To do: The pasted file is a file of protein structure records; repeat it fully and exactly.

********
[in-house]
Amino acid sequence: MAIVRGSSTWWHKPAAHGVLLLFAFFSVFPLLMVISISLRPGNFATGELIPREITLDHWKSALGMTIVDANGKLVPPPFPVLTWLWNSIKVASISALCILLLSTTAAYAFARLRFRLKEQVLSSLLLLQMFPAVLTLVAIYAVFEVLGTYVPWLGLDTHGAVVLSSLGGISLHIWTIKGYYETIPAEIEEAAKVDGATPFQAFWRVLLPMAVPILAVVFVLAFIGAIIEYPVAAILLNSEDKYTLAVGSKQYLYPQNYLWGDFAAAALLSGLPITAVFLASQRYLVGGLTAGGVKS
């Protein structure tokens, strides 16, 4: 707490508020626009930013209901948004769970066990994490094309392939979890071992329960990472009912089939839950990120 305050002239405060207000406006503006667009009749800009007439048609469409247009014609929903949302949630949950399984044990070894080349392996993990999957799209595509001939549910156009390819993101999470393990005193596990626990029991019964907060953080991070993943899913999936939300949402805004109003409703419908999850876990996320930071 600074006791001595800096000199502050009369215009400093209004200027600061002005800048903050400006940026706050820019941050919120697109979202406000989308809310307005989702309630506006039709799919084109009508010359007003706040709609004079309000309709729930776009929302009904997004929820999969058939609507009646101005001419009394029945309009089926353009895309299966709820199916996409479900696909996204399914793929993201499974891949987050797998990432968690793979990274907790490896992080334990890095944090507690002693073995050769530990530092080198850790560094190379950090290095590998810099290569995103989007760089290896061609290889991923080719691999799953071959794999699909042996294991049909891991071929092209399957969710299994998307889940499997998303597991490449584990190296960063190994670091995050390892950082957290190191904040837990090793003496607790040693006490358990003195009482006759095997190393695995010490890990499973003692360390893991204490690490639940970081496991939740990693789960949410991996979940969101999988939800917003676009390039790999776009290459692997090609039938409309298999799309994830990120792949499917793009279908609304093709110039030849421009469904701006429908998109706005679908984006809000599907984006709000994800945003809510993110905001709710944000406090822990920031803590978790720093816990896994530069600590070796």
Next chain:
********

[in-house]
Amino acid sequence: MAIVRGSSTWWHKPAAHGVLLLFAFFSVFPLLMVISISLRPGNFATGELIPREITLDHWKSALGMTIVDANGKLVPPPFPVLTWLWNSIKVASISALCILLLSTTAAYAFARLRFRLKEQVLSSLLLLQMFPAVLTLVAIYAVFEVLGTYVPWLGLDTHGAVVLSSLGGISLHIWTIKGYYETIPAEIEEAAKVDGATPFQAFWRVLLPMAVPILAVVFVLAFIGAIIEYPVAAILLNSEDKYTLAVGSKQYLYPQNYLWGDFAAAALLSGLPITAVFLASQRYLVGGLTAGGVKS
């Protein structure tokens, strides 16, 4: 707490508020626009930013209901948004769970066990994490094309392939979890071992329960990472009912089939839950990120 305050002239405060207000406006503006667009009749800009007439048609469409247009014609929903949302949630949950399984044990070894080349392996993990999957799209595509001939549910156009390819993101999470393990005193596990626990029991019964907060953080991070993943899913999936939300949402805004109003409703419908999850876990996320930071 600074006791001595800096000199502050009369215009400093209004200027600061002005800048903050400006940026706050820019941050919120697109979202406000989308809310307005989702309630506006039709799919084109009508010359007003706040709609004079309000309709729930776009929302009904997004929820999969058939609507009646101005001419009394029945309009089926353009895309299966709820199916996409479900696909996204399914793929993201499974891949987050797998990432968690793979990274907790490896992080334990890095944090507690002693073995050769530990530092080198850790560094190379950090290095590998810099290569995103989007760089290896061609290889991923080719691999799953071959794999699909042996294991049909891991071929092209399957969710299994998307889940499997998303597991490449584990190296960063190994670091995050390892950082957290190191904040837990090793003496607790040693006490358990003195009482006759095997190393695995010490890990499973003692360390893991204490690490639940970081496991939740990693789960949410991996979940969101999988939800917003676009390039790999776009290459692997090609039938409309298999799309994830990120792949499917793009279908609304093709110039030849421009469904701006429908998109706005679908984006809000599907984006709000994800945003809510993110905001709710944000406090822990920031803590978790720093816990896994530069600590070796």
Next chain: